Savarkar gave the first systematic Hindu political response to the repeated invasions and subjugation of India. His “Hindutva” is not Hinduism but a political response to political Islam and western imperialism. He understood that for India to survive in the modern world, it has to become a modern nation too. He also understood that unless India becomes an industrial power with the modern means of waging war, it simply can’t resist the imperialist powers. But he understood something more than several of his nationalist contemporaries failed to grasp. For India to be able to resist imperialism, a nation had to be born. For Savarkar, that nation was a Hindu Rashtra. Only a Hindu nation transcending caste, regional and linguistic barriers was capable of resisting imperialism. No longer would invading armies roam around the countryside; no longer would India be a playground for colonial powers; no longer would its people and cities be pulverised by warlords for they would have to face a powerful Indian state created on the foundation of a Hindu nation. And the foundation of this Hindu nation was Hindutva.
Savarkar was a radical and his Hindutva, too, was a radical break in Hindu thought: anti-caste, reformist, modernist and futuristic. It was a modern Hindu response to the modern world. In fact, even today, Hindutva is opposed by regressive sections of the Hindu society that cling on to the upper caste village orthodoxy and delusions of restoring the feudal-agrarian social order. Savarkar suffered terribly at the hands of the British for his revolutionary activities and was later boycotted by society for opposing untouchability, caste rules and advocating widow remarriage, and inter-caste dining.
Becoming a frequent and forceful orator, a visionary Hindutva leader, agitated for the use of Hindi as a common national language. He was also a strong supporter to establish of the Jewish state of Israel, which was not only in the spirit of his nationalism but also what Savarkar saw in the Jewish state as a barricade against the Muslim Arab world.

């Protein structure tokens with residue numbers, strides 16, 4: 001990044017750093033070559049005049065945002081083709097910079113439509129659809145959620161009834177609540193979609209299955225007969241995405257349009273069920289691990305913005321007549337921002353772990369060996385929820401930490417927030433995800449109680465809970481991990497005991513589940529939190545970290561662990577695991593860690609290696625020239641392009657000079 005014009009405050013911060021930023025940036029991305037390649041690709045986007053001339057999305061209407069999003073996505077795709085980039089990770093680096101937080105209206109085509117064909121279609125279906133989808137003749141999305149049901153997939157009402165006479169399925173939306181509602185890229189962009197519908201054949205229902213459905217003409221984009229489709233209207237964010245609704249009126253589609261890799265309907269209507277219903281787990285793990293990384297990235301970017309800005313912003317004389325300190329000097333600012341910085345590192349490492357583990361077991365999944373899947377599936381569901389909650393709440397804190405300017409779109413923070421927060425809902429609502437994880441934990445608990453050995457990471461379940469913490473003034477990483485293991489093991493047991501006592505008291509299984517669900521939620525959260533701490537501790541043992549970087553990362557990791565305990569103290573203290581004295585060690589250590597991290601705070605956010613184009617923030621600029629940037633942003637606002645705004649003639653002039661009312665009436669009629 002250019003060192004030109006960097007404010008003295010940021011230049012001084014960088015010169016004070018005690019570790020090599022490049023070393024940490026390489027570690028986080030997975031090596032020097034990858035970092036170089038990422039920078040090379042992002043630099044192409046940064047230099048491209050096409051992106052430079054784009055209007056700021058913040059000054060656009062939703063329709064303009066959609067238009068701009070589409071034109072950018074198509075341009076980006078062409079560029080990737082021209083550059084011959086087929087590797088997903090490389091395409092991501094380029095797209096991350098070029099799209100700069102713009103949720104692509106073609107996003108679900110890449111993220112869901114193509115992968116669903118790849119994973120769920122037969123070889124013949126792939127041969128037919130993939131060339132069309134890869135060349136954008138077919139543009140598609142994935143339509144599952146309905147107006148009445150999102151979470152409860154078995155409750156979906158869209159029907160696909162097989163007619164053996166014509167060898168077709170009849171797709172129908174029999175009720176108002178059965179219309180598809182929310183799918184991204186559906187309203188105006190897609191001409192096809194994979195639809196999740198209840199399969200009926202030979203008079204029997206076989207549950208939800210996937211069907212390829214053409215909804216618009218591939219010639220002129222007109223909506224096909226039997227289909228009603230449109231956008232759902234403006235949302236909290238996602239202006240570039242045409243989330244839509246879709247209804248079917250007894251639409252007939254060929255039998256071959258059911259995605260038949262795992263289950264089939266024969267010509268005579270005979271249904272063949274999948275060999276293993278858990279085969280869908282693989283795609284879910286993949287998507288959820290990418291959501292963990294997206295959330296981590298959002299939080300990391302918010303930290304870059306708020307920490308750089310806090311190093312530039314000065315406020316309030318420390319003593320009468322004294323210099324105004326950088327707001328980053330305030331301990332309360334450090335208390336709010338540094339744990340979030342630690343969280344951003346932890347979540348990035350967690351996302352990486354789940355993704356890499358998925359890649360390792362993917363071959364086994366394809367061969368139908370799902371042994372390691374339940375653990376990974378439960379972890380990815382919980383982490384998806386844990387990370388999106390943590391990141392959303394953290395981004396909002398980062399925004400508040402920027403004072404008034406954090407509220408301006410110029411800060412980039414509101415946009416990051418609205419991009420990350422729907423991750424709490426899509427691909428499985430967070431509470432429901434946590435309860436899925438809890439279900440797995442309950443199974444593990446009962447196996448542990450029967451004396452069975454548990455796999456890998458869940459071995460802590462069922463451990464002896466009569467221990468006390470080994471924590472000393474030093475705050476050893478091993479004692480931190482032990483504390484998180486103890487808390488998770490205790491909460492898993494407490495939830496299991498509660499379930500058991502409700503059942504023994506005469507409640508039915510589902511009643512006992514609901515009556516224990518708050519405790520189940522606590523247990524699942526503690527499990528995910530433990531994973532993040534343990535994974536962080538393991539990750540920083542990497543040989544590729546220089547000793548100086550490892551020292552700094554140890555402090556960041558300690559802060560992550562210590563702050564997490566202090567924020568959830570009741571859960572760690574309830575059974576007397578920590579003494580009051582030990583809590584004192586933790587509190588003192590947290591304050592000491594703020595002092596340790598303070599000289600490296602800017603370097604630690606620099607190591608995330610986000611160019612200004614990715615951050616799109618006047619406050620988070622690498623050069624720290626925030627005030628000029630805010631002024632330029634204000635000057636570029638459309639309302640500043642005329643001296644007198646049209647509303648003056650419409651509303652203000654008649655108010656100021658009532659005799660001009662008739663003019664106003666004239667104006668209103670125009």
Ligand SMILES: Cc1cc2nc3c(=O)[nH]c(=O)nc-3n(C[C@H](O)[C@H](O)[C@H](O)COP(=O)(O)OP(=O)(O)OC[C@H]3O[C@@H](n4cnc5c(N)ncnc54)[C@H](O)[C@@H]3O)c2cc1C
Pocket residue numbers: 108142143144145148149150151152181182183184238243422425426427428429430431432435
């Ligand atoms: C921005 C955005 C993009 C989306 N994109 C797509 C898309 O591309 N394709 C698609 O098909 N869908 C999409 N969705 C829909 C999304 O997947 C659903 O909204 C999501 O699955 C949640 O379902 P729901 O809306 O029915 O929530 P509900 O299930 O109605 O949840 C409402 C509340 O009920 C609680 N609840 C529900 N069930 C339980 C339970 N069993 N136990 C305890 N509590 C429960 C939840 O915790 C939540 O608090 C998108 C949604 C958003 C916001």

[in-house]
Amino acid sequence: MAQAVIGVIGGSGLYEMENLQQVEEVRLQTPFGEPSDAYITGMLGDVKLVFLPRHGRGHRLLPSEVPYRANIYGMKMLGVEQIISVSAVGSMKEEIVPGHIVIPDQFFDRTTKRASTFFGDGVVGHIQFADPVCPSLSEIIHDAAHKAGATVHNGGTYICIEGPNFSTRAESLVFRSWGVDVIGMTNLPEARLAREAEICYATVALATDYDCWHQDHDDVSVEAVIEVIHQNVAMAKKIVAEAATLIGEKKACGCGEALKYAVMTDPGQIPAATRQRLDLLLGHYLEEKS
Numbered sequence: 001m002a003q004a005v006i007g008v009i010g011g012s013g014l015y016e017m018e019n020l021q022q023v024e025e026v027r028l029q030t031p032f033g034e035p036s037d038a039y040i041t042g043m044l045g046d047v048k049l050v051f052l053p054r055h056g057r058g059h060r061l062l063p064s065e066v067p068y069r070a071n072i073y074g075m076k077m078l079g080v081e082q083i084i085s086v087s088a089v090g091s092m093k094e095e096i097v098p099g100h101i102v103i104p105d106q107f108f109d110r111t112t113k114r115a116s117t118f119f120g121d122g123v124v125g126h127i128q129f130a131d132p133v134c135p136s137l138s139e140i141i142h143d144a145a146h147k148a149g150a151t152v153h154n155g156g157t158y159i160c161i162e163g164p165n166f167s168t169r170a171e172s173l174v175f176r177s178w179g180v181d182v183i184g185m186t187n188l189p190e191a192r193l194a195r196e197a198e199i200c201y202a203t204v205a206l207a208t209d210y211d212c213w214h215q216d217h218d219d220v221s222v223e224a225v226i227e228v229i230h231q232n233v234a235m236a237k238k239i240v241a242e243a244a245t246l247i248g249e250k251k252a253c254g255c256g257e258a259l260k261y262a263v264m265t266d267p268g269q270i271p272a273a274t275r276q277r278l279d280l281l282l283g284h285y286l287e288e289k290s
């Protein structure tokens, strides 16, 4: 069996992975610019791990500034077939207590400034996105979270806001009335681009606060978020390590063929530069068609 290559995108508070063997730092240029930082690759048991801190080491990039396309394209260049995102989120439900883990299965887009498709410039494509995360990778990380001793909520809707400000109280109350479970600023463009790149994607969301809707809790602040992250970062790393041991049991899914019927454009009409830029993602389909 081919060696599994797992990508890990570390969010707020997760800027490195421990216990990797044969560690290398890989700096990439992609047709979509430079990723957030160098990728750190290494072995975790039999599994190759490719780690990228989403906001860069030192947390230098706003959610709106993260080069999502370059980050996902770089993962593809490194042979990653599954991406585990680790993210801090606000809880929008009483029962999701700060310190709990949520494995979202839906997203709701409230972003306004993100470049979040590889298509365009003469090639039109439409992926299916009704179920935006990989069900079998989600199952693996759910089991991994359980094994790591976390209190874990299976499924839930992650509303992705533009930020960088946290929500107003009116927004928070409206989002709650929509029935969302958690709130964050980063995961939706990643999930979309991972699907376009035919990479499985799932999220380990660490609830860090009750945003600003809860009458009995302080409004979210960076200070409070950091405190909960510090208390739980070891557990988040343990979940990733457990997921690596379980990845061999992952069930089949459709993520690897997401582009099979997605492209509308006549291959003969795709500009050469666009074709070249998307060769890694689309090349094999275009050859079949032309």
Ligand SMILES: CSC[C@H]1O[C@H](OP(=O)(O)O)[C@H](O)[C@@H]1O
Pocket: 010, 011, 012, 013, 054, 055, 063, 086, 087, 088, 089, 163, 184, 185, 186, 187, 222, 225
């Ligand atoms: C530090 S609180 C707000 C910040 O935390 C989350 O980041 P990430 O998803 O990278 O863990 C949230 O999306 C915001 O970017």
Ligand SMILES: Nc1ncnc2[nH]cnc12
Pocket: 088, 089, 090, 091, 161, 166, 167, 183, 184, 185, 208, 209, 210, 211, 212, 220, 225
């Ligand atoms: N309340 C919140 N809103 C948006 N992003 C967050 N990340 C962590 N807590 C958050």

Being the leader of Hindu Mahasabha, he vehemently opposed the creation of Pakistan, and as expected opposed Gandhi’s continued Muslim appeasement stances. Nathuram Godse, a volunteer of the Hindu Mahasabha, assassinated Gandhi in 1948 and upheld his actions till his hanging. Savarkar was arrested and indicted by the government in the Mahatma Gandhi assassination case. But he was acquitted by the Supreme Court. He died on February 26, 1966, at the age of 83 after he renounced medicines, food and water which he termed as atmaarpan (fast until death). In an article he wrote before his death, he said his life’s mission was over and that it was better to end his life rather than wait for death.
It is a pity that he has been reduced to a hate figure. One should seriously engage with his views and legacy even if one disagrees with him. After all, after Chhatrapati Shivaji Maharaj, Savarkar remains the most consequential Hindu. Where would the Hindu polity be today without them? Savarkar will always be remembered by this grateful nation as a patriot who led the country through troubled times, and as a champion of true democracy. He united the Hindus under one flag and gave them an ideology that should inspire and guide them for generations to come.